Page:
Next, attach the two uncut 1-by-3s over the wire mesh to sandwich and secure it. This added security will prevent raccoons from ripping the staples out. It also creates a ledge to help secure the frame to the ground.

Now, you'll need to make the ends of the chicken tunnel out of plywood pieces, which will help shape and reinforce the run. The ends will be about 22 inches wide by 19 inches tall, cut into an oblong shape. The critical part is to make sure the perimeter of the curve is 4 feet long to match the width of the wire mesh when you wrap it over. A simple way to accomplish this is to cut a piece of string 4 feet long, use it to create the curve, then trace and cut it out. Once you cut out one end (and double-check that it fits the wire mesh), copy it onto the other piece of plywood.

With the shorter 1-by-3 boards facing in, drape the wire mesh over the ends. Center it over the ends, and affix it to the top of each end cap with a large washer and a screw. Continue attaching the mesh along the perimeter in this fashion to create the tunnel shape. Then, screw the 1-by-3 boards into the end caps. If you plan to move the chunnel, I recommend cutting a minimum of three 2-foot cross pieces from the optional 8-foot 1-by-3 board in the materials list, and fastening them across the bottom of the frame to keep everything solid.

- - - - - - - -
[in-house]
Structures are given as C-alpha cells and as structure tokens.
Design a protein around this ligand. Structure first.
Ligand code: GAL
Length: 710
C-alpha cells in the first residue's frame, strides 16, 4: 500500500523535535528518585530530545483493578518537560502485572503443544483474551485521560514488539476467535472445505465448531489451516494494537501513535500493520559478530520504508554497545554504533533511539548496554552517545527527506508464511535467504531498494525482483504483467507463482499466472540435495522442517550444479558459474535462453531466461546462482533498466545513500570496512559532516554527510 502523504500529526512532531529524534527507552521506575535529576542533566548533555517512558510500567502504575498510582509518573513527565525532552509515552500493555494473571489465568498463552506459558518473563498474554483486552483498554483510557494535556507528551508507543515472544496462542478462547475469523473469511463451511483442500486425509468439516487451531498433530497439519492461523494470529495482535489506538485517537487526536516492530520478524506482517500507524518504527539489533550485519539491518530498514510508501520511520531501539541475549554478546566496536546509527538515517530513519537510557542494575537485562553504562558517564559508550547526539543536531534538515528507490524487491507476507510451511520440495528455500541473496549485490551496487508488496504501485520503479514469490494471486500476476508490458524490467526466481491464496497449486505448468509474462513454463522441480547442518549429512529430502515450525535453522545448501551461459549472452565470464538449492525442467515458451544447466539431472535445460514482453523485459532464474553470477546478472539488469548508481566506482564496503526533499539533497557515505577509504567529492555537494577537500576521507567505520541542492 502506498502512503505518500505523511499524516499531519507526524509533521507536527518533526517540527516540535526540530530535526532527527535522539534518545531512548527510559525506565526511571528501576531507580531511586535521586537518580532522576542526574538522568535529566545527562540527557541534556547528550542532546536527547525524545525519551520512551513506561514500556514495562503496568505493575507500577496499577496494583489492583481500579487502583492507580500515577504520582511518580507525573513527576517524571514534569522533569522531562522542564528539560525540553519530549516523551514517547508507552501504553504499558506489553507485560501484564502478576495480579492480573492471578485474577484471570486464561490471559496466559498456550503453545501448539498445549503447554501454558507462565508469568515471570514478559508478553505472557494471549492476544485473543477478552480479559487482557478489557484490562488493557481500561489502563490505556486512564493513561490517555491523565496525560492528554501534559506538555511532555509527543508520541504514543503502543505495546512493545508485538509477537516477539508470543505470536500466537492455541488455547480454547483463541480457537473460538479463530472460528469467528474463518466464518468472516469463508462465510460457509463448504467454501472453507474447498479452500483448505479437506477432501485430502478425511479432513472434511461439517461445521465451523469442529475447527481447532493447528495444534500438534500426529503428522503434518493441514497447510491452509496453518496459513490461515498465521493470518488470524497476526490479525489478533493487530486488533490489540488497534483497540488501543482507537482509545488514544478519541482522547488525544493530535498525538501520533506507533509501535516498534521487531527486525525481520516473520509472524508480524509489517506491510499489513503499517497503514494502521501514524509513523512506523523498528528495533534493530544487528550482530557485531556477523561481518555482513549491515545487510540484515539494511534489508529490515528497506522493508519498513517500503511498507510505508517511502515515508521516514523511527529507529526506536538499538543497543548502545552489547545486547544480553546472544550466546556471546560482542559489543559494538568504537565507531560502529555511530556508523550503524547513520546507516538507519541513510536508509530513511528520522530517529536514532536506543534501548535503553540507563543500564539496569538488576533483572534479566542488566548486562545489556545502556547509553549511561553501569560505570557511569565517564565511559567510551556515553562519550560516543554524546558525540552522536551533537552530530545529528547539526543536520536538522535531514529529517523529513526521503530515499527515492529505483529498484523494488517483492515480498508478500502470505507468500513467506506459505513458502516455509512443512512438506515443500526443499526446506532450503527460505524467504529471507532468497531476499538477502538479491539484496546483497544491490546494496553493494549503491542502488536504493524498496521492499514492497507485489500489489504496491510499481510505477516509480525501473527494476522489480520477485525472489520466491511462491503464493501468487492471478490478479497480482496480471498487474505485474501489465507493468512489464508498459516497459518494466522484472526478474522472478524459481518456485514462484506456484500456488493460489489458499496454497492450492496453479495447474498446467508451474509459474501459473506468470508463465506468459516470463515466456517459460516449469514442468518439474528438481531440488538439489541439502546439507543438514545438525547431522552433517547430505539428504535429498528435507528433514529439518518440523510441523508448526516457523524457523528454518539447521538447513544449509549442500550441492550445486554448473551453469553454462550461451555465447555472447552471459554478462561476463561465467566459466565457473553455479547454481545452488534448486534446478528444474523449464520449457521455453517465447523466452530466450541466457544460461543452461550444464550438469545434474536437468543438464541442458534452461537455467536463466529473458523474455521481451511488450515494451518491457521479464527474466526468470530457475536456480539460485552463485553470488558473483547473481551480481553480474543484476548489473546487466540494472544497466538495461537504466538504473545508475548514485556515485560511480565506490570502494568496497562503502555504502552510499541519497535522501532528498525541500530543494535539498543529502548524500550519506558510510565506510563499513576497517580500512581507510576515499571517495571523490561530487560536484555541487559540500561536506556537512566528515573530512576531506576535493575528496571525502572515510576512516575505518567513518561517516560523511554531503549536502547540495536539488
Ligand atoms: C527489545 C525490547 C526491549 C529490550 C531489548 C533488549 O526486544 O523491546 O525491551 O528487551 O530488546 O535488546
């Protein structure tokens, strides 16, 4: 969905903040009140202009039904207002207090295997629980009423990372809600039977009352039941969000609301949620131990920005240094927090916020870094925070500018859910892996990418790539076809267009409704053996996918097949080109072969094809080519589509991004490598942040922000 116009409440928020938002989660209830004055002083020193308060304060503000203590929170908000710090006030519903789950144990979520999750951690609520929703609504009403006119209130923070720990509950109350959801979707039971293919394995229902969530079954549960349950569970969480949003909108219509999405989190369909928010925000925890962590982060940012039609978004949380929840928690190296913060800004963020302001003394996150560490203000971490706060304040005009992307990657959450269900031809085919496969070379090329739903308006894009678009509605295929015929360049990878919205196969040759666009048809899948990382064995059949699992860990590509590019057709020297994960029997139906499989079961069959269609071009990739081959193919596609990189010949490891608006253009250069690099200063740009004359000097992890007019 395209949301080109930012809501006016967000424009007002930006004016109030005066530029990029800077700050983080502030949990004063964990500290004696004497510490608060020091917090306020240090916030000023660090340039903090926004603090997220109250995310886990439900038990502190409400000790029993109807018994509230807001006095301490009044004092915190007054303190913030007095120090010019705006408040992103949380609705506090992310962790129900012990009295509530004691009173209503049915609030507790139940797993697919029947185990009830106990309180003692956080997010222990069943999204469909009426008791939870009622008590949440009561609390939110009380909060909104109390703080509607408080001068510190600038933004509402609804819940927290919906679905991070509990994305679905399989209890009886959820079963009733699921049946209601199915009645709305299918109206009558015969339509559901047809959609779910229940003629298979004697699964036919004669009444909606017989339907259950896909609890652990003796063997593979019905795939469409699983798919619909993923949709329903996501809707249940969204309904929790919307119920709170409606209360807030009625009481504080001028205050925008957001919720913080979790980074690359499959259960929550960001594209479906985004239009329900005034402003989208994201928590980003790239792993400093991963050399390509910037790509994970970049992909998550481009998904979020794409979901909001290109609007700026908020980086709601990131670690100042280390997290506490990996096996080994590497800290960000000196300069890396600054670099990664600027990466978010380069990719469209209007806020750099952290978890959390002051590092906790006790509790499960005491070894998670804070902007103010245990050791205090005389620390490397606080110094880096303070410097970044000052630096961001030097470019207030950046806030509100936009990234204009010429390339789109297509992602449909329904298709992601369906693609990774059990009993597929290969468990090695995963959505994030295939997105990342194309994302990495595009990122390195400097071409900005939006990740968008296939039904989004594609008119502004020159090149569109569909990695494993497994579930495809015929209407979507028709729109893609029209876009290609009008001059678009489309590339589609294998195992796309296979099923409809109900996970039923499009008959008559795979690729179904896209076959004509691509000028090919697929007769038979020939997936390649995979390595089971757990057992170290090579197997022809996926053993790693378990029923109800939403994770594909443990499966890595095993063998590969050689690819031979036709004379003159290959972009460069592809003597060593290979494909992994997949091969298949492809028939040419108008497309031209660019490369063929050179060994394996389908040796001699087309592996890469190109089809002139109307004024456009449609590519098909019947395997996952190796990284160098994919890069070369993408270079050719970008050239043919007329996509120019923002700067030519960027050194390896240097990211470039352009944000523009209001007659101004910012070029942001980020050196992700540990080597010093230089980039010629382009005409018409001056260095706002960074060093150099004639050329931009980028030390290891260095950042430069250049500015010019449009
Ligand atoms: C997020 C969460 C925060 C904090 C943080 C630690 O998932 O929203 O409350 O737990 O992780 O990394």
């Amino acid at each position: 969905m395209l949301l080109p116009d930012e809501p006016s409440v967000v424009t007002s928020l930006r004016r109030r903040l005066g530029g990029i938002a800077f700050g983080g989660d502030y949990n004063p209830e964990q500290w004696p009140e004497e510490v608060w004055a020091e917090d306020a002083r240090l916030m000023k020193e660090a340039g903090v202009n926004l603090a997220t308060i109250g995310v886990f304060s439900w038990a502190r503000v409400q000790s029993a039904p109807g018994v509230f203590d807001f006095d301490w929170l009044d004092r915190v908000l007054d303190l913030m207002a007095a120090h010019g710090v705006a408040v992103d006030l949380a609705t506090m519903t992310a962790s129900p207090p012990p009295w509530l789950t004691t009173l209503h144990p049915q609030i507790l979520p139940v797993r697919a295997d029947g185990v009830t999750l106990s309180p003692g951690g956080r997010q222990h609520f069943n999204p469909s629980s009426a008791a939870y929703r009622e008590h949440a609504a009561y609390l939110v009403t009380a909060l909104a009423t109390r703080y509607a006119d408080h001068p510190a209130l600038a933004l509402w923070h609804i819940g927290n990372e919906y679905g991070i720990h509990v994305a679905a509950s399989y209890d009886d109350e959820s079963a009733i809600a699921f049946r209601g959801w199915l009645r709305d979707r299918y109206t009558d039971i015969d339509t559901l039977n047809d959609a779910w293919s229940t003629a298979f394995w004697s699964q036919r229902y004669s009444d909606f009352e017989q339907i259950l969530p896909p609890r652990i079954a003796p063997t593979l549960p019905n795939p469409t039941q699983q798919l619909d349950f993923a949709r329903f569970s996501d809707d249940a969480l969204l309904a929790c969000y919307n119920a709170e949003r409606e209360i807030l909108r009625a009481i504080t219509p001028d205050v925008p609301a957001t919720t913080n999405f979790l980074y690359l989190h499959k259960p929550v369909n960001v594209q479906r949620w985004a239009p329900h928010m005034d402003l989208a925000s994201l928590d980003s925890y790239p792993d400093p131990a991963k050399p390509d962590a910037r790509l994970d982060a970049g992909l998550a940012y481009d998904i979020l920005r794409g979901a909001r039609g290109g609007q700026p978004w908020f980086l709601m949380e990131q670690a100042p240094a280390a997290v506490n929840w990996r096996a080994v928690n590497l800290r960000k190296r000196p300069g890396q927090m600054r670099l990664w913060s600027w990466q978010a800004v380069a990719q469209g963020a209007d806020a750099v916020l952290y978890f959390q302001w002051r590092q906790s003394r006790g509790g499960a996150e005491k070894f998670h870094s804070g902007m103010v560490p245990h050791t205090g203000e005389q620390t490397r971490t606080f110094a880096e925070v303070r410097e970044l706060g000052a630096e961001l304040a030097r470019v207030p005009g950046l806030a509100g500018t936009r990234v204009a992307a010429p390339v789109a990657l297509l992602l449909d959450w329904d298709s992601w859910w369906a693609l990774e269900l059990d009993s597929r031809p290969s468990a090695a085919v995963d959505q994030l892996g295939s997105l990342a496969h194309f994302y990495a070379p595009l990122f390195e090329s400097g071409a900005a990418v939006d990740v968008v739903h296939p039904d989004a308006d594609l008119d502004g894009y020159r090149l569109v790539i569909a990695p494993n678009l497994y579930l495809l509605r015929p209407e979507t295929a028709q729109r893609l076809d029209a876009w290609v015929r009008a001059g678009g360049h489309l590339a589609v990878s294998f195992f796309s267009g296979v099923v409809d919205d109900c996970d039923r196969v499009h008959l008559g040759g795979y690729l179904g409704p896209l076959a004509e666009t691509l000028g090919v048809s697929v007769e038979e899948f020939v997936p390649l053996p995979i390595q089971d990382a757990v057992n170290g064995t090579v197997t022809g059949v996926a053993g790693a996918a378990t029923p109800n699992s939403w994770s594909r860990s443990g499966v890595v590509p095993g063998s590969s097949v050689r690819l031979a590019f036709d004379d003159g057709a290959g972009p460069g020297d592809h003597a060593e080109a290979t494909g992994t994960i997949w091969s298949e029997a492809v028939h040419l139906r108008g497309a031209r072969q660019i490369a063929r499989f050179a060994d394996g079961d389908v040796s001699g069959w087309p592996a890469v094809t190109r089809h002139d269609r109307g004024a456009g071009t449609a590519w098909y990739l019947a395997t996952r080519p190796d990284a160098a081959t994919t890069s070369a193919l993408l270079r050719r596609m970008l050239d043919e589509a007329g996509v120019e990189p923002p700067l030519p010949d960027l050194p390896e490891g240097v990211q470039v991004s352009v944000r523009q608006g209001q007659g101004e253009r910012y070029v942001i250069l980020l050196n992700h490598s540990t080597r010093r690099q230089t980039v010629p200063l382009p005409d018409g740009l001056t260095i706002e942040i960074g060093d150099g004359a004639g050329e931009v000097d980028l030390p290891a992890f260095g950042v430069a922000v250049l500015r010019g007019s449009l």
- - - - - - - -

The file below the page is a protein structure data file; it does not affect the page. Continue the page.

Because we sometimes house our chickens in the chunnel overnight, we decided to cut some old wire shelving we had on hand and stick it in the ground along the edges of the chicken tunnel to prevent predators from digging underneath. You can use whatever fasteners you have available--just make sure you use them.

Although this design is predator-proof, it's not permanent. You should move it on a regular basis to provide your chickens with regular forage and to avoid over-fertilization of a single spot.

Fashion a Fertilization Station

Another great movable chicken run we utilize is our circular "fertilization station" that we use for controlling grass and pests around our young fruit trees. We don't mow, ever. This was fine when we lived in a forest, but now we live amongst grass and hayfields. And yet, we still don't mow, partly because we never seem to have enough time and partly because the lawn becomes a meadow for bees and fodder for animals. This is great--except when you're planting fruit trees that can't compete with the grass.